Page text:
F or all their individual weaknesses, these books collectively teach us something, and not only about separate aspects of Soviet life--Shevardnadze on diplomacy, Sobchak on parliamentary procedures and investigations. Taken together, they tell us a great deal about the momentous and unfinished transition, its protagonists and the reasons why it was driven In the capitalist direction None of the men involved were born yesterday. Gorbachev and Yeltsin, almost twins in age, are just 61. Shevardnadze is three years older and Yakovlev seven. Even Sobchak the newcomer, at 5 5 , is not entirely green. He cannot be seriously described as a former dissident, since open critics did not hold professorships at Leningrad University. But he can claim that he was an outsider, whereas all the others were princes of the former regime.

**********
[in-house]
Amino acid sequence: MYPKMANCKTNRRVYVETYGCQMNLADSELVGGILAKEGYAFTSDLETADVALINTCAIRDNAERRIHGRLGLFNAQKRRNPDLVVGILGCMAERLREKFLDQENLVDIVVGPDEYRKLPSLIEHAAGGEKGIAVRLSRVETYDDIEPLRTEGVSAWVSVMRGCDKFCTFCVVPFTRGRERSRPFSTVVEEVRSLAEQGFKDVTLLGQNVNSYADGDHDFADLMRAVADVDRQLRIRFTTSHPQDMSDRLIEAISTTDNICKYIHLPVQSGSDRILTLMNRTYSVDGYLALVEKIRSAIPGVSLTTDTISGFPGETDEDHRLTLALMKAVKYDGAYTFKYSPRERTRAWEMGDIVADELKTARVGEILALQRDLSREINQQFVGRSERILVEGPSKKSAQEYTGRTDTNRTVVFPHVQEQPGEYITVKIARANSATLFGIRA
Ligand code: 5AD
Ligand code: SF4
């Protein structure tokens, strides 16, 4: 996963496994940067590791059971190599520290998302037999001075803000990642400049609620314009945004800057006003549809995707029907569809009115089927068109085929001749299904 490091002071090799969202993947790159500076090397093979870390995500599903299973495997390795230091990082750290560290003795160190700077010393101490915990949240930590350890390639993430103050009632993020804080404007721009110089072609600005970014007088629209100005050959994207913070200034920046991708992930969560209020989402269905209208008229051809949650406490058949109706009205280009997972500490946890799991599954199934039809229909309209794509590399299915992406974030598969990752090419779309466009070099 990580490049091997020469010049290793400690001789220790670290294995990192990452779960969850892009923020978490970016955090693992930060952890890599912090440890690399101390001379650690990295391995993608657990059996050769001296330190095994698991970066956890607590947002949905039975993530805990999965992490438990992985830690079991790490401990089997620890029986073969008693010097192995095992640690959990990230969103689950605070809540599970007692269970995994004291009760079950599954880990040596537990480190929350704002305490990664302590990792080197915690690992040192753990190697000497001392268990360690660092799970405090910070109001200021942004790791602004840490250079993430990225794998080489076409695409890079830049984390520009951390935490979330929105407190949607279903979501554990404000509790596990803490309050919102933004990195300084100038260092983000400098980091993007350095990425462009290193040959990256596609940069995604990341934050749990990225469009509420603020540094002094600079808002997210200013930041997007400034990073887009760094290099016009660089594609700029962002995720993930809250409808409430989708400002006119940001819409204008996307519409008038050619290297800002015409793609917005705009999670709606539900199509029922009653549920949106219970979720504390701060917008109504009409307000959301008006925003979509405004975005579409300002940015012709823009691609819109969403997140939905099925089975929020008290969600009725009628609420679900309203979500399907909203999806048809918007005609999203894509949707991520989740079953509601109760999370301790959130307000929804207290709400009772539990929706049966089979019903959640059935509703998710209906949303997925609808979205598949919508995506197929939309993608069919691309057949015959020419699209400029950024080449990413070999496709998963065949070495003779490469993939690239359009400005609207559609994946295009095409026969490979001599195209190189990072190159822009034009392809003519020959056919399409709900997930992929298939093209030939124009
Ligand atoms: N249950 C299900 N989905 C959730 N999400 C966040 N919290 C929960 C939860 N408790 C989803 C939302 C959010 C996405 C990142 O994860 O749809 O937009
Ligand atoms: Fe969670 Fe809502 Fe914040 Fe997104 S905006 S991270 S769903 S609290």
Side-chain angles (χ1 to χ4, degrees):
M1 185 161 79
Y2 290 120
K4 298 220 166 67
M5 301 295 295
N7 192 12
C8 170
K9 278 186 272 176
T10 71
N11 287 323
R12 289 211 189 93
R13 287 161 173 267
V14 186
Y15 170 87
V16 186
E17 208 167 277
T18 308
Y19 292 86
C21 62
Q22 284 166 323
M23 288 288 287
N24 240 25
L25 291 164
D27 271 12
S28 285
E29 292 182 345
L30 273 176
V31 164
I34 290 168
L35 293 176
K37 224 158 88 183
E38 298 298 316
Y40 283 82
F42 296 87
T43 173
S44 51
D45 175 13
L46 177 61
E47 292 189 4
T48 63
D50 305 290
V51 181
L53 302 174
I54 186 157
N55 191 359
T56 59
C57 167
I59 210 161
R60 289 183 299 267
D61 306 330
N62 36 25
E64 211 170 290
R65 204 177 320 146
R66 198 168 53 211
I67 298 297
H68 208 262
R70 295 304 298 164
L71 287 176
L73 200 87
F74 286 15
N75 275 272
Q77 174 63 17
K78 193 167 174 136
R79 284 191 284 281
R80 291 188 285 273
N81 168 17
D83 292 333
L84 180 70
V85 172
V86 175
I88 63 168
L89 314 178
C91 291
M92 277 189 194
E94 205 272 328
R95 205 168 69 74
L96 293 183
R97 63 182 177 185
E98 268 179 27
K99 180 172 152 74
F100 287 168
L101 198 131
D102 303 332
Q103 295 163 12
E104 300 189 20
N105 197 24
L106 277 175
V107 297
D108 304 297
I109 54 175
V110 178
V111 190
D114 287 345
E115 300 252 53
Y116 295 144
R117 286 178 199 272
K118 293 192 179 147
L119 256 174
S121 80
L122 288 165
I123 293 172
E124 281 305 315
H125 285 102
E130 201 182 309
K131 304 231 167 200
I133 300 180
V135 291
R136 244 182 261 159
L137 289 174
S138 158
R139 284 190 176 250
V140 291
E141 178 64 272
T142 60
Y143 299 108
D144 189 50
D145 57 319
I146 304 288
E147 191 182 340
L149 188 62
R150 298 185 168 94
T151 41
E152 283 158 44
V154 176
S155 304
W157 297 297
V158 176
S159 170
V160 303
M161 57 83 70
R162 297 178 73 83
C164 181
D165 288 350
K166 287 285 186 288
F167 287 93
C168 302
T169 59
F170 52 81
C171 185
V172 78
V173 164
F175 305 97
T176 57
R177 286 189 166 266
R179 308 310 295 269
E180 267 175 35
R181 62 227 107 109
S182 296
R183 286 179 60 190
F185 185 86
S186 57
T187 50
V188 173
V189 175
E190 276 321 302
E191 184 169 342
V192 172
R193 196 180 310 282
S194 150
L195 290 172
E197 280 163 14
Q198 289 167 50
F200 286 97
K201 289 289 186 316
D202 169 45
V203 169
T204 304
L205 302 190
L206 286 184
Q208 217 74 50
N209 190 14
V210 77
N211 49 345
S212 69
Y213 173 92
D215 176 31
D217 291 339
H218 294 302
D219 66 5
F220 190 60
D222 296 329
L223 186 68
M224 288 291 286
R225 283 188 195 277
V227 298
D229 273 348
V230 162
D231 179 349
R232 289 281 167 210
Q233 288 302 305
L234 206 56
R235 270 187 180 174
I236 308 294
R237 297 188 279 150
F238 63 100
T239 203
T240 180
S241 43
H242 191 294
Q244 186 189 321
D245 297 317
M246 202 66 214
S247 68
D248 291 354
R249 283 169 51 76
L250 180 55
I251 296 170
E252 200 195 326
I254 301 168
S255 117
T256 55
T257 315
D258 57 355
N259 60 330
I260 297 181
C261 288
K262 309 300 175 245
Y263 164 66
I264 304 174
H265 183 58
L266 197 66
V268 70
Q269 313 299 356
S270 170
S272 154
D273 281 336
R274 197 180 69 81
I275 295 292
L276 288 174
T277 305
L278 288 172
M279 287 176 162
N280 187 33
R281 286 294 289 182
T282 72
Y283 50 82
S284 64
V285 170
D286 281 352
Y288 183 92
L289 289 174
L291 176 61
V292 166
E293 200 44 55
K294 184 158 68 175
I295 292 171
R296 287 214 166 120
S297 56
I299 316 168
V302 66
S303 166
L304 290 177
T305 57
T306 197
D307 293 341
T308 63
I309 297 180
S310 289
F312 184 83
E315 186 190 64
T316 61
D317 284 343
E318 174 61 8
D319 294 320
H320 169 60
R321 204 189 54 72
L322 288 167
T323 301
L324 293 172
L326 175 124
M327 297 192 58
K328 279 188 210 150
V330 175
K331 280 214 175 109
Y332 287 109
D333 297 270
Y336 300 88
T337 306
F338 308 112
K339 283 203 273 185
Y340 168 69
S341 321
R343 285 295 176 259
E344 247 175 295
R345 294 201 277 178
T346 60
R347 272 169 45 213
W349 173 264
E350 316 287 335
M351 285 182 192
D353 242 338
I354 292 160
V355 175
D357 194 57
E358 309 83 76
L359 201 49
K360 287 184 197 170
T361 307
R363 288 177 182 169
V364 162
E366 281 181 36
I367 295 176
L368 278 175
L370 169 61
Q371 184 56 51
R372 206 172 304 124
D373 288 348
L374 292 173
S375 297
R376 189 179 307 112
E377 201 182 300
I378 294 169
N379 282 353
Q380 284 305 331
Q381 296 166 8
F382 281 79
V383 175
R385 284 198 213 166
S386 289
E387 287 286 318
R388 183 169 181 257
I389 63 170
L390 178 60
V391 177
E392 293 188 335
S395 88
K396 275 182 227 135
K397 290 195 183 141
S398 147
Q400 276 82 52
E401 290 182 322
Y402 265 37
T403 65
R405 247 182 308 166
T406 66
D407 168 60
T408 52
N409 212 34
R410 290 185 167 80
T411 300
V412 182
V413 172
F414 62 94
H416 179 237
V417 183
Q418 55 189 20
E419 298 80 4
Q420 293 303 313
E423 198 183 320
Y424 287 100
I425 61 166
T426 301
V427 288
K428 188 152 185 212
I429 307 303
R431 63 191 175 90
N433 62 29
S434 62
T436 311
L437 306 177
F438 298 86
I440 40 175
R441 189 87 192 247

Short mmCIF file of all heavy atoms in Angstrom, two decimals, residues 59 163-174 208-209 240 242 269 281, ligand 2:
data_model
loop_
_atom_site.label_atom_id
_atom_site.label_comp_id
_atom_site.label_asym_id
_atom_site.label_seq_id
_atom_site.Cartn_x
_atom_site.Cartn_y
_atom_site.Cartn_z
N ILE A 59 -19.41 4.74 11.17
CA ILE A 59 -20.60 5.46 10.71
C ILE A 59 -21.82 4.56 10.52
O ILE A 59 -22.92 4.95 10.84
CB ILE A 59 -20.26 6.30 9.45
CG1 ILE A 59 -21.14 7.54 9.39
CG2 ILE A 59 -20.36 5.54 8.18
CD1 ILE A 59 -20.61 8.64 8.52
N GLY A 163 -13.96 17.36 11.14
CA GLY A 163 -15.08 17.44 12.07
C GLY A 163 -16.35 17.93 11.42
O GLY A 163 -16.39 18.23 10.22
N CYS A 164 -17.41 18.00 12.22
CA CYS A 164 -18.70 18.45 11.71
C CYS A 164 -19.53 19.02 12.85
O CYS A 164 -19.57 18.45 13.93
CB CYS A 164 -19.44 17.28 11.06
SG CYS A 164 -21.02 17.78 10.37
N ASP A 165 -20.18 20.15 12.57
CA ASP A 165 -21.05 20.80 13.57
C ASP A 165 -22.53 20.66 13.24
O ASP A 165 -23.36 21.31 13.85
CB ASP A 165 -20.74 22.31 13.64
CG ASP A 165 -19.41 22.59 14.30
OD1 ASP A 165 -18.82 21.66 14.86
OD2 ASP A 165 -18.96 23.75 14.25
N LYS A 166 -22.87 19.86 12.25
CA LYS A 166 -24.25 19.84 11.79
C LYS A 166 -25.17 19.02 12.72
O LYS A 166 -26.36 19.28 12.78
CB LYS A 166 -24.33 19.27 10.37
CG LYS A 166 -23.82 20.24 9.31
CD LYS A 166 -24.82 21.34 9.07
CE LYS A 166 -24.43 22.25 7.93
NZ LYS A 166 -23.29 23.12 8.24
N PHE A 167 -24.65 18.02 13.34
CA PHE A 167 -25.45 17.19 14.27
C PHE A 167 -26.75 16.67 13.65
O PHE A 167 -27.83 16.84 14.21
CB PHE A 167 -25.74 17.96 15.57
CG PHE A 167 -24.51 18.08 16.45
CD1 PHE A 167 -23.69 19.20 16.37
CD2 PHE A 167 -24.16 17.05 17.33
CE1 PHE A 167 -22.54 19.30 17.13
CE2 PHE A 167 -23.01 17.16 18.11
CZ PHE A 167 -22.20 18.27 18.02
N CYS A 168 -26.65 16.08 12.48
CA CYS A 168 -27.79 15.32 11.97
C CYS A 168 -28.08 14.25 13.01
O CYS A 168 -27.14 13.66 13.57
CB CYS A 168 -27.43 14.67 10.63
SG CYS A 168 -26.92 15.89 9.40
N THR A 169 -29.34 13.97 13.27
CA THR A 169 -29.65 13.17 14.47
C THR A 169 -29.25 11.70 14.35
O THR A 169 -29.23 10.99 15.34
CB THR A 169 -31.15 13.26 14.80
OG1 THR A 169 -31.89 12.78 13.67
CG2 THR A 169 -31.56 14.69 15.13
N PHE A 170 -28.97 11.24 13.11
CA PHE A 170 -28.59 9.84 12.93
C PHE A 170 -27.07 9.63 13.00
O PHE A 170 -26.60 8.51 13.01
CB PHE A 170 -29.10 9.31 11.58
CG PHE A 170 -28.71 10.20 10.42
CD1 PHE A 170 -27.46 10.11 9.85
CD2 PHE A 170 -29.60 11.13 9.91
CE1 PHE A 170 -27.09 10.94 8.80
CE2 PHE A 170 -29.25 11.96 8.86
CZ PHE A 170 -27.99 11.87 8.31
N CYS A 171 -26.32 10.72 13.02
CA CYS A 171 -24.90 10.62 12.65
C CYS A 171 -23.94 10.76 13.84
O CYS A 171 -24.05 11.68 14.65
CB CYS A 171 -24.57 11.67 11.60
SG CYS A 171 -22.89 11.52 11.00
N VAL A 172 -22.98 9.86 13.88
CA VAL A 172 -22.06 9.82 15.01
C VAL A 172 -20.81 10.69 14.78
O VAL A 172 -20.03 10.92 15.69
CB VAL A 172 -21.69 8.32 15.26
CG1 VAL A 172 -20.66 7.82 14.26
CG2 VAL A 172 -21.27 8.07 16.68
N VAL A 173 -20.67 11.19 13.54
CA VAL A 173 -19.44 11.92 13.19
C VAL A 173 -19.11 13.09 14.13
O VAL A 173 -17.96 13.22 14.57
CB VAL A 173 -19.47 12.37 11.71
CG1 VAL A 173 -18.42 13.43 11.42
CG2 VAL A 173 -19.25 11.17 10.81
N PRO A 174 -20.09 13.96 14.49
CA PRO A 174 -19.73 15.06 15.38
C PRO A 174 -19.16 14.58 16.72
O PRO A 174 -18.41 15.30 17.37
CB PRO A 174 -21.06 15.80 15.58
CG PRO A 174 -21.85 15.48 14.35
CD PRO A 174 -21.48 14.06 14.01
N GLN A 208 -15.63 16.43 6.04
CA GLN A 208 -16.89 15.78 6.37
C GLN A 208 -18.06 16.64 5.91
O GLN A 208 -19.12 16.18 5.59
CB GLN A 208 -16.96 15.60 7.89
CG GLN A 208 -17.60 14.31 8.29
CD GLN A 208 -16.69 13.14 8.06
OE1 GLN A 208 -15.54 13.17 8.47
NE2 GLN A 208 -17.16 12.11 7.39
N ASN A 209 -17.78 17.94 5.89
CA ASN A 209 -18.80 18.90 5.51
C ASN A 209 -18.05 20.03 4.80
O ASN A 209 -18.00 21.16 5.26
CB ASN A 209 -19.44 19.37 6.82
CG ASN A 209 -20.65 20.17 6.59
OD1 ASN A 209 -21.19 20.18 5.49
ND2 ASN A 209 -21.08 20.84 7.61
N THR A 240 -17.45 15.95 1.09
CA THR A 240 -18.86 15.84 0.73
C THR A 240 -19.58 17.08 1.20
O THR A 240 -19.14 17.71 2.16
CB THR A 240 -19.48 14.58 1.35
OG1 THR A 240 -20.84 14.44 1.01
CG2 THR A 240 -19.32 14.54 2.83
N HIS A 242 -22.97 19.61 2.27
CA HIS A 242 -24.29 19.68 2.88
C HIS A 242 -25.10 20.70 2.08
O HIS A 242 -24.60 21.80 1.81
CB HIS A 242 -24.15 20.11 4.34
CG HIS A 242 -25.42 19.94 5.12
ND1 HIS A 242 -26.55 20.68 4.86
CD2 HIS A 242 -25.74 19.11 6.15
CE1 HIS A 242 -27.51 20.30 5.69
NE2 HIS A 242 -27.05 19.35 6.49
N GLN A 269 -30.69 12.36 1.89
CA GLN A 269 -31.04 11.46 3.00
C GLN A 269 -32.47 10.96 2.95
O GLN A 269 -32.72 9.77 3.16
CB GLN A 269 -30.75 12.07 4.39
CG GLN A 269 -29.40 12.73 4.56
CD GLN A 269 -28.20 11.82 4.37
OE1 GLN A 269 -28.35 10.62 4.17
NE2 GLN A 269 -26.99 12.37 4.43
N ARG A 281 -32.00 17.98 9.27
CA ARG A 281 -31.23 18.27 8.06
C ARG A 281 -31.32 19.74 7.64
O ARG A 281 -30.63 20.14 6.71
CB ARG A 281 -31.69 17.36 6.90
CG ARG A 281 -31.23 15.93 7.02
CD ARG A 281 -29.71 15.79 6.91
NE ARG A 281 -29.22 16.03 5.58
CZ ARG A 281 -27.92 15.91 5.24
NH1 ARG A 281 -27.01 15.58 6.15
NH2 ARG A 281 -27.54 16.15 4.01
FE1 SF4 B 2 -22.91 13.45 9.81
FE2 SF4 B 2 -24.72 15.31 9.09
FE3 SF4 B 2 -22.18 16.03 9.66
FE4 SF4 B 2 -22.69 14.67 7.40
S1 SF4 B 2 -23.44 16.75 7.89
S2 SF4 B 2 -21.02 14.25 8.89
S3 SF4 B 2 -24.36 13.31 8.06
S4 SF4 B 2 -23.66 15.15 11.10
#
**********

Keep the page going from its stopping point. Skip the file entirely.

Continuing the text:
The main actors of the perestroika are often described as the children of the Twentieth Party Congress, the 1956 meeting at which Nikita Khrushchev delivered his indictment of Stalin. In terms of age, it fits. Our men may have entered political life under Stalin, but they were awakened by the thaw during Khrushchev's reign. Yet they also prospered under Brezhnev and after. The only one whose career was temporarily diverted was Yakovlev--but whatever one may think of Ottawa's climate or provincialism, ten years as Ambassador to Canada is hardly deportation to Siberia. As to Gorbachev, Yeltsin and Shevardnadze, they climbed to the very top of the party's regional ladder, becoming proconsuls, respectively, of Stavropol. Sverdlovsk and Georgia. Perestroika was not the work of rebels. The transformation of the neo-Stalinist system was carried out by its main beneficiaries, who were conscious of the fact that it was doomed. Judging by conversations between Gorbachev and Shevardnadze as Communist Youth leaders, the seeds of doubt were sown long ago.